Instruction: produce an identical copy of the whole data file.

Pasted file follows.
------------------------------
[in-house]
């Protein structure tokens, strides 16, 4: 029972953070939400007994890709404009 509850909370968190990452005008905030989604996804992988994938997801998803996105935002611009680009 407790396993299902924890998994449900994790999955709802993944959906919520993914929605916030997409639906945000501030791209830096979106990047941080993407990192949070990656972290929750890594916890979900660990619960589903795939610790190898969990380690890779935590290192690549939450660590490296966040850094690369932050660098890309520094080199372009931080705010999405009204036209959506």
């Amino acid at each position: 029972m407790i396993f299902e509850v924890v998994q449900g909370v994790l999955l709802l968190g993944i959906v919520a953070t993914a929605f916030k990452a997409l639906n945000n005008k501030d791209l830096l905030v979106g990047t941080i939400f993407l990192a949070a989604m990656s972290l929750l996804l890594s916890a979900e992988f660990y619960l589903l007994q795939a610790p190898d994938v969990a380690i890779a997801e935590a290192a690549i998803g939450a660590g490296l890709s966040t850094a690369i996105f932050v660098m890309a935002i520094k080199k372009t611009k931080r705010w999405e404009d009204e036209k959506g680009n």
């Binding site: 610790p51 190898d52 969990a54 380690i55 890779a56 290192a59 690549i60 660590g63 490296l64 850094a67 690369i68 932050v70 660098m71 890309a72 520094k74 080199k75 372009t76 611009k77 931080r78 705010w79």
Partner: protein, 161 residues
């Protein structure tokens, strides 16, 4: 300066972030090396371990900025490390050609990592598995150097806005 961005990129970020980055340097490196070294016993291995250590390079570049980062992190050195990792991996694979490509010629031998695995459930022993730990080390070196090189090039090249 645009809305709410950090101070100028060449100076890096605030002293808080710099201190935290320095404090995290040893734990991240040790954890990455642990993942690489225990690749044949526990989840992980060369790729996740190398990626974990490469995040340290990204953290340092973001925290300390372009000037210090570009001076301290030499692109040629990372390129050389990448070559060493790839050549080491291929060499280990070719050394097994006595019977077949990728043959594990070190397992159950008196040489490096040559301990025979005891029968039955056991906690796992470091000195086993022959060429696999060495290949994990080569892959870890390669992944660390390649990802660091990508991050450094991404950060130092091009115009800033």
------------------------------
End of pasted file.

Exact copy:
[in-house]
């Protein structure tokens, strides 16, 4: 029972953070939400007994890709404009 509850909370968190990452005008905030989604996804992988994938997801998803996105935002611009680009 407790396993299902924890998994449900994790999955709802993944959906919520993914929605916030997409639906945000501030791209830096979106990047941080993407990192949070990656972290929750890594916890979900660990619960589903795939610790190898969990380690890779935590290192690549939450660590490296966040850094690369932050660098890309520094080199372009931080705010999405009204036209959506």
């Amino acid at each position: 029972m407790i396993f299902e509850v924890v998994q449900g909370v994790l999955l709802l968190g993944i959906v919520a953070t993914a929605f916030k990452a997409l639906n945000n005008k501030d791209l830096l905030v979106g990047t941080i939400f993407l990192a949070a989604m990656s972290l929750l996804l890594s916890a979900e992988f660990y619960l589903l007994q795939a610790p190898d994938v969990a380690i890779a997801e935590a290192a690549i998803g939450a660590g490296l890709s966040t850094a690369i996105f932050v660098m890309a935002i520094k080199k372009t611009k931080r705010w999405e404009d009204e036209k959506g680009n």
């Binding site: 610790p51 190898d52 969990a54 380690i55 890779a56 290192a59 690549i60 660590g63 490296l64 850094a67 690369i68 932050v70 660098m71 890309a72 520094k74 080199k75 372009t76 611009k77 931080r78 705010w79």
Partner: protein, 161 residues
């Protein structure tokens, strides 16, 4: 300066972030090396371990900025490390050609990592598995150097806005 961005990129970020980055340097490196070294016993291995250590390079570049980062992190050195990792991996694979490509010629031998695995459930022993730990080390070196090189090039090249 645009809305709410950090101070100028060449100076890096605030002293808080710099201190935290320095404090995290040893734990991240040790954890990455642990993942690489225990690749044949526990989840992980060369790729996740190398990626974990490469995040340290990204953290340092973001925290300390372009000037210090570009001076301290030499692109040629990372390129050389990448070559060493790839050549080491291929060499280990070719050394097994006595019977077949990728043959594990070190397992159950008196040489490096040559301990025979005891029968039955056991906690796992470091000195086993022959060429696999060495290949994990080569892959870890390669992944660390390649990802660091990508991050450094991404950060130092091009115009800033």